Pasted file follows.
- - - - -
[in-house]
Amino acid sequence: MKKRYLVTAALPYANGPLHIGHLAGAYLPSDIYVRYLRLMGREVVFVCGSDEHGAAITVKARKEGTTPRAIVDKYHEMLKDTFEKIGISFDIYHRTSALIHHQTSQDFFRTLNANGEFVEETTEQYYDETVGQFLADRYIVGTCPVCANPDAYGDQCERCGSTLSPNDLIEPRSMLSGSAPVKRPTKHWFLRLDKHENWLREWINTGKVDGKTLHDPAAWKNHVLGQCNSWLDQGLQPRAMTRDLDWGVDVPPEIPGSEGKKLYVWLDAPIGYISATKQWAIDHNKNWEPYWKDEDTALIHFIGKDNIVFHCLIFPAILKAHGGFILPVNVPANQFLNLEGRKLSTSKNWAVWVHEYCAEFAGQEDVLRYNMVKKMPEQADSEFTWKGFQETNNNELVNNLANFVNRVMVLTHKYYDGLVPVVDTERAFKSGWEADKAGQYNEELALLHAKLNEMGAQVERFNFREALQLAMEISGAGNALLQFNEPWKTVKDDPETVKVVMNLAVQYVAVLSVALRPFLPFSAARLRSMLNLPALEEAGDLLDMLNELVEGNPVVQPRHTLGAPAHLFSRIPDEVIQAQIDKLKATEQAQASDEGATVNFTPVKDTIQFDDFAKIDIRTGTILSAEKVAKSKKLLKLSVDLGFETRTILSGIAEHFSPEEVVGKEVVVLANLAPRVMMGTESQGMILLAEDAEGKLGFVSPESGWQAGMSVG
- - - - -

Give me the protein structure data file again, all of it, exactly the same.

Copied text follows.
[in-house]
Amino acid sequence: MKKRYLVTAALPYANGPLHIGHLAGAYLPSDIYVRYLRLMGREVVFVCGSDEHGAAITVKARKEGTTPRAIVDKYHEMLKDTFEKIGISFDIYHRTSALIHHQTSQDFFRTLNANGEFVEETTEQYYDETVGQFLADRYIVGTCPVCANPDAYGDQCERCGSTLSPNDLIEPRSMLSGSAPVKRPTKHWFLRLDKHENWLREWINTGKVDGKTLHDPAAWKNHVLGQCNSWLDQGLQPRAMTRDLDWGVDVPPEIPGSEGKKLYVWLDAPIGYISATKQWAIDHNKNWEPYWKDEDTALIHFIGKDNIVFHCLIFPAILKAHGGFILPVNVPANQFLNLEGRKLSTSKNWAVWVHEYCAEFAGQEDVLRYNMVKKMPEQADSEFTWKGFQETNNNELVNNLANFVNRVMVLTHKYYDGLVPVVDTERAFKSGWEADKAGQYNEELALLHAKLNEMGAQVERFNFREALQLAMEISGAGNALLQFNEPWKTVKDDPETVKVVMNLAVQYVAVLSVALRPFLPFSAARLRSMLNLPALEEAGDLLDMLNELVEGNPVVQPRHTLGAPAHLFSRIPDEVIQAQIDKLKATEQAQASDEGATVNFTPVKDTIQFDDFAKIDIRTGTILSAEKVAKSKKLLKLSVDLGFETRTILSGIAEHFSPEEVVGKEVVVLANLAPRVMMGTESQGMILLAEDAEGKLGFVSPESGWQAGMSVG